The malware that hit 22 Texas municipalities and various dentist offices around the country recently is likely the work of the crew behind the GandCrab ransomware – indicating that the group didn’t really retire after all.
In late May, the GandCrab operators said they decided to ride off into the sunset with the earnings from their ransomware-as-a-service efforts, which had netted them at least $2 billion since January 2018. But researchers from Secureworks Counter Threat Unit (CTU) researchers said that the group, which it calls Gold Garden, merely moved onto a different ransomware, known as Sodinokibi or REvil.
CTU had been tracking REvil as the work of separate authors, which they called Gold Southfield.
“CTU analysis and tracking of REvil samples suggest that the ransomware was in development and testing between April 10 and May 7 and was not intended for public release,” explained the researchers in an analysis on Tuesday. “Following the release of version 1.01 on May 7, the REvil developers…began pushing a new release of the ransomware at the beginning of each month. This cadence and the ransomware’s capabilities indicate a structured development process by dedicated and experienced malware authors.”
REvil activity spiked after the GandCrab retirement announcement, they said, with campaigns using email spam and remote desktop exploit attacks regularly cropping up – this, according to researchers, indicated that REvil was officially launched.
According to a technical analysis of REvil, CTU researchers found that the string decoding functions employed by REvil and GandCrab are nearly identical.
“Because malware authors typically implement custom encoding/decoding logic in their malware, the code can be used as a fingerprint to identify other samples associated with the malware family,” the researchers wrote. “When analyzing REvil, CTU researchers identified and extracted a portion of the opcodes associated with its string decoding function. When searching VirusTotal for samples containing this opcode pattern, 286 unique samples were identified. Further analysis of all 286 samples were confirmed to be either GandCrab or REvil.”
The two ransomwares also share similar URL building logic, according to the technical breakdown – indicating that code originally created for GandCrab was repurposed in REvil. The researchers said that for the logic to be reproduced inadvertently is outside the realm of possibility, and that the attacker would have needed to reverse-engineer a GandCrab sample to match the logic so closely.
“REvil 1.00 implements URL building functionality that produces the same command-and-control (C2) URL pattern as GandCrab,” according to the researchers. “The C2 URLs for both families consist of two URI subpaths followed by a randomly generated resource name and an extension. The subpath names and extension are retrieved from…hard-coded values.”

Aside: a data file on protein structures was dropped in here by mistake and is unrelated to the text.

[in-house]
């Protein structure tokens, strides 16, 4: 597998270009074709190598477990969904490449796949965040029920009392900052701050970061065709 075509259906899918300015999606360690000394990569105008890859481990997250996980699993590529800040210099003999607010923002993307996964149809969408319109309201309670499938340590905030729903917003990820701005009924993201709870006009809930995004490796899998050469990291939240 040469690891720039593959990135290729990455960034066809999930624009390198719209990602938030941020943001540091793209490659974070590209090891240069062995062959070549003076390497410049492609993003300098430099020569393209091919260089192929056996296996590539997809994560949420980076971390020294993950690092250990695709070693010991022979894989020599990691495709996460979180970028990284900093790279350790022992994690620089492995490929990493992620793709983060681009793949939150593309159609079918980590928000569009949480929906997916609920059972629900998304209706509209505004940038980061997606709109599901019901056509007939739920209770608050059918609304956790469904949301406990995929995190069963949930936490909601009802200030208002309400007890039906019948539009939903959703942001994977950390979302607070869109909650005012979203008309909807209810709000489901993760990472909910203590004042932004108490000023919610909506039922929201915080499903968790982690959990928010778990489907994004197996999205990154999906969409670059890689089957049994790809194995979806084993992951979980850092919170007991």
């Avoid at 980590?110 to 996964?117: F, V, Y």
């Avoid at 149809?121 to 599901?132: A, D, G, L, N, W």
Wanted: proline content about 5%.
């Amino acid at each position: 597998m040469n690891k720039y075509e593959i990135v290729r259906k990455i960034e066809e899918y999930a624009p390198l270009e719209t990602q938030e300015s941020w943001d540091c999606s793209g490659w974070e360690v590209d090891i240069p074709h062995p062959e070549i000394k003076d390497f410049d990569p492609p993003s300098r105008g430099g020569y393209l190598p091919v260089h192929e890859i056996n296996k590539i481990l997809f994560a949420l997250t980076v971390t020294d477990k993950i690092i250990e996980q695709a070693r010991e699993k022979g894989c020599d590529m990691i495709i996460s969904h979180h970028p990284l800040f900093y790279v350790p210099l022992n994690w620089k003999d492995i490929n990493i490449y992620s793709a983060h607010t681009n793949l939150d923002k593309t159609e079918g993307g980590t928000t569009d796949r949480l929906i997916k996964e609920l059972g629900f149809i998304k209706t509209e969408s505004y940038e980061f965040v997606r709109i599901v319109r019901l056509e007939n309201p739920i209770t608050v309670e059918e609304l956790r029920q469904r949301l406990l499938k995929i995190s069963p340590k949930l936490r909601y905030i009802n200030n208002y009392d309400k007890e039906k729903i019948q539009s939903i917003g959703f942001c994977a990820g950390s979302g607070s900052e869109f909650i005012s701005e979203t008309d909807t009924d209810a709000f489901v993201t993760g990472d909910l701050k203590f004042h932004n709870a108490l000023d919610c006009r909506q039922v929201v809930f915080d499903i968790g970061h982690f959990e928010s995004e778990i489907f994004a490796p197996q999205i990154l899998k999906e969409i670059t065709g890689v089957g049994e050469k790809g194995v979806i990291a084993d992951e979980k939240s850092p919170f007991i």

Another finding that shows that REvil was likely meant to be GandCrab version 6.0 (the last observed version is 5.2).
For instance, the REvil Beta sample includes the d:\code\csrc\!1\new_a\gcfin\bin\debug\rwenc_exe_x86_debug.pdb debug path.
“gcfin is the malware author’s name for the development project, and in context with other evidence appears to refer to ‘GandCrab Final,’” wrote the researchers. “Similarly, the discovered REvil file decryptor executable specifies the D:\\gc6\\core\\src\\common\\debug.c debug path. The reference to gc6 in the debug path could be a reference to GandCrab 6, which suggests that REvil was originally intended as GandCrab version 6.”
Meanwhile, the REvil sample analyzed by CTU includes a version number with a hard-coded value of 1536, which converts to hexadecimal is 0x600 and indicates version 6.00.
“This version does not align with REvil’s incremental numbering pattern as the next release is version 1.00, but it would align with the GandCrab numbering pattern,” researchers said.
GandCrab burst on the scene in 2018 and quickly became a top threat worldwide.
“GandCrab’s ‘ransomware-as-a-service model’ proved to be a highly lucrative endeavor for Gold Garden, so it is unlikely that the threat actors abandoned all malicious activity,” concluded CTU researchers. “Characteristics of REvil that appear to be operational security mistakes by the malware authors enabled CTU researchers to technically link the REvil and GandCrab ransomware families.”
The sentiment that cybercriminals are unlikely to ditch malware development even if they go quiet was recently echoed on the Threatpost Podcast. The infamous Emotet trojan has returned after a four-month hiatus, indicating that its authors likely just went on vacation.
“A lot of our threat actors … have a culture that really dictates a lot of vacation time,” Sherrod deGrippo told Threatpost’s Lindsey O’Donnell in a recent video. “We also see that they make a lot of money. And so if you have a lot of money and a flexible schedule, a summer vacation for a couple months is nice thing to have on the docket.”
Interested in the role of artificial intelligence in cybersecurity, for both offense and defense? Don’t miss our free Threatpost webinar, AI and Cybersecurity: Tools, Strategy and Advice, with senior editor Tara Seals and a panel of experts. Click here to register.